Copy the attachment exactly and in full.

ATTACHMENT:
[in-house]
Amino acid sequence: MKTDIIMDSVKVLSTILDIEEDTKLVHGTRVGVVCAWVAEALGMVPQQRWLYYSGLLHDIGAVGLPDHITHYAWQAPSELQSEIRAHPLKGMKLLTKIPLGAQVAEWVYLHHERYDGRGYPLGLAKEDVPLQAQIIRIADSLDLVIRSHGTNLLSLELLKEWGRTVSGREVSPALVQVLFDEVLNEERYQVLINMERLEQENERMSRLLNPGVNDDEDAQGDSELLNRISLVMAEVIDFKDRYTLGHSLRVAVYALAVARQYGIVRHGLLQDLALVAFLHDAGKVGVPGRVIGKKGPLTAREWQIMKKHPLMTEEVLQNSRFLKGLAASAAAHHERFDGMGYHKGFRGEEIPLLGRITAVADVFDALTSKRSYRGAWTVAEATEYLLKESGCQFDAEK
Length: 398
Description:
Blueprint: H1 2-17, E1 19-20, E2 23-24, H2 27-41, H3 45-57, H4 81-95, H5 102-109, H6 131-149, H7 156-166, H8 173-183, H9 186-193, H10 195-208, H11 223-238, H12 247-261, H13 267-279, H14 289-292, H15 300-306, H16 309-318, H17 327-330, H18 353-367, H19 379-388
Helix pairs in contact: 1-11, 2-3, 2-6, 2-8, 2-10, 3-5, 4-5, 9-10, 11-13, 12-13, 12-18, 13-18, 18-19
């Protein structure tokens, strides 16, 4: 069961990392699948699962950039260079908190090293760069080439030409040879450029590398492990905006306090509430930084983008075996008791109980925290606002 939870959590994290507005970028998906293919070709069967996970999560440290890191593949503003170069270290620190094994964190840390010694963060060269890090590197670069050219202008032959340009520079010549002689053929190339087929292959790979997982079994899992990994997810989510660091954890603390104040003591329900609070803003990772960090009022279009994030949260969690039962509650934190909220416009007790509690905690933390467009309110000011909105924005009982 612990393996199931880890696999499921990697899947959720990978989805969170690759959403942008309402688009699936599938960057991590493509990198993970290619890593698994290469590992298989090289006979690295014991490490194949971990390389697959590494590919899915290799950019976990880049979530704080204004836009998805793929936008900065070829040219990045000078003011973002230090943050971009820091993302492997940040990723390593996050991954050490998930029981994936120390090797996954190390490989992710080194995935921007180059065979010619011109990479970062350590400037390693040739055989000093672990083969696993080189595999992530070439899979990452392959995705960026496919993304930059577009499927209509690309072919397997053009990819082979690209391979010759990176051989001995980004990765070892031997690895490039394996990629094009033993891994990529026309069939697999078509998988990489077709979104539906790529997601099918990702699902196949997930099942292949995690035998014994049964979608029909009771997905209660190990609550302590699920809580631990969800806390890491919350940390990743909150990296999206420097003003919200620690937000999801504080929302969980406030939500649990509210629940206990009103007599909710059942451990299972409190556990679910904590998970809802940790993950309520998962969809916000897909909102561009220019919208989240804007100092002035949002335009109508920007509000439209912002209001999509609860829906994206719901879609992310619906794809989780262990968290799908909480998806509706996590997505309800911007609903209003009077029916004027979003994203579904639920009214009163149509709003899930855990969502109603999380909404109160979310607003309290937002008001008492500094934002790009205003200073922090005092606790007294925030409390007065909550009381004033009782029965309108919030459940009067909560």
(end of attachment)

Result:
[in-house]
Amino acid sequence: MKTDIIMDSVKVLSTILDIEEDTKLVHGTRVGVVCAWVAEALGMVPQQRWLYYSGLLHDIGAVGLPDHITHYAWQAPSELQSEIRAHPLKGMKLLTKIPLGAQVAEWVYLHHERYDGRGYPLGLAKEDVPLQAQIIRIADSLDLVIRSHGTNLLSLELLKEWGRTVSGREVSPALVQVLFDEVLNEERYQVLINMERLEQENERMSRLLNPGVNDDEDAQGDSELLNRISLVMAEVIDFKDRYTLGHSLRVAVYALAVARQYGIVRHGLLQDLALVAFLHDAGKVGVPGRVIGKKGPLTAREWQIMKKHPLMTEEVLQNSRFLKGLAASAAAHHERFDGMGYHKGFRGEEIPLLGRITAVADVFDALTSKRSYRGAWTVAEATEYLLKESGCQFDAEK
Length: 398
Description:
Blueprint: H1 2-17, E1 19-20, E2 23-24, H2 27-41, H3 45-57, H4 81-95, H5 102-109, H6 131-149, H7 156-166, H8 173-183, H9 186-193, H10 195-208, H11 223-238, H12 247-261, H13 267-279, H14 289-292, H15 300-306, H16 309-318, H17 327-330, H18 353-367, H19 379-388
Helix pairs in contact: 1-11, 2-3, 2-6, 2-8, 2-10, 3-5, 4-5, 9-10, 11-13, 12-13, 12-18, 13-18, 18-19
């Protein structure tokens, strides 16, 4: 069961990392699948699962950039260079908190090293760069080439030409040879450029590398492990905006306090509430930084983008075996008791109980925290606002 939870959590994290507005970028998906293919070709069967996970999560440290890191593949503003170069270290620190094994964190840390010694963060060269890090590197670069050219202008032959340009520079010549002689053929190339087929292959790979997982079994899992990994997810989510660091954890603390104040003591329900609070803003990772960090009022279009994030949260969690039962509650934190909220416009007790509690905690933390467009309110000011909105924005009982 612990393996199931880890696999499921990697899947959720990978989805969170690759959403942008309402688009699936599938960057991590493509990198993970290619890593698994290469590992298989090289006979690295014991490490194949971990390389697959590494590919899915290799950019976990880049979530704080204004836009998805793929936008900065070829040219990045000078003011973002230090943050971009820091993302492997940040990723390593996050991954050490998930029981994936120390090797996954190390490989992710080194995935921007180059065979010619011109990479970062350590400037390693040739055989000093672990083969696993080189595999992530070439899979990452392959995705960026496919993304930059577009499927209509690309072919397997053009990819082979690209391979010759990176051989001995980004990765070892031997690895490039394996990629094009033993891994990529026309069939697999078509998988990489077709979104539906790529997601099918990702699902196949997930099942292949995690035998014994049964979608029909009771997905209660190990609550302590699920809580631990969800806390890491919350940390990743909150990296999206420097003003919200620690937000999801504080929302969980406030939500649990509210629940206990009103007599909710059942451990299972409190556990679910904590998970809802940790993950309520998962969809916000897909909102561009220019919208989240804007100092002035949002335009109508920007509000439209912002209001999509609860829906994206719901879609992310619906794809989780262990968290799908909480998806509706996590997505309800911007609903209003009077029916004027979003994203579904639920009214009163149509709003899930855990969502109603999380909404109160979310607003309290937002008001008492500094934002790009205003200073922090005092606790007294925030409390007065909550009381004033009782029965309108919030459940009067909560």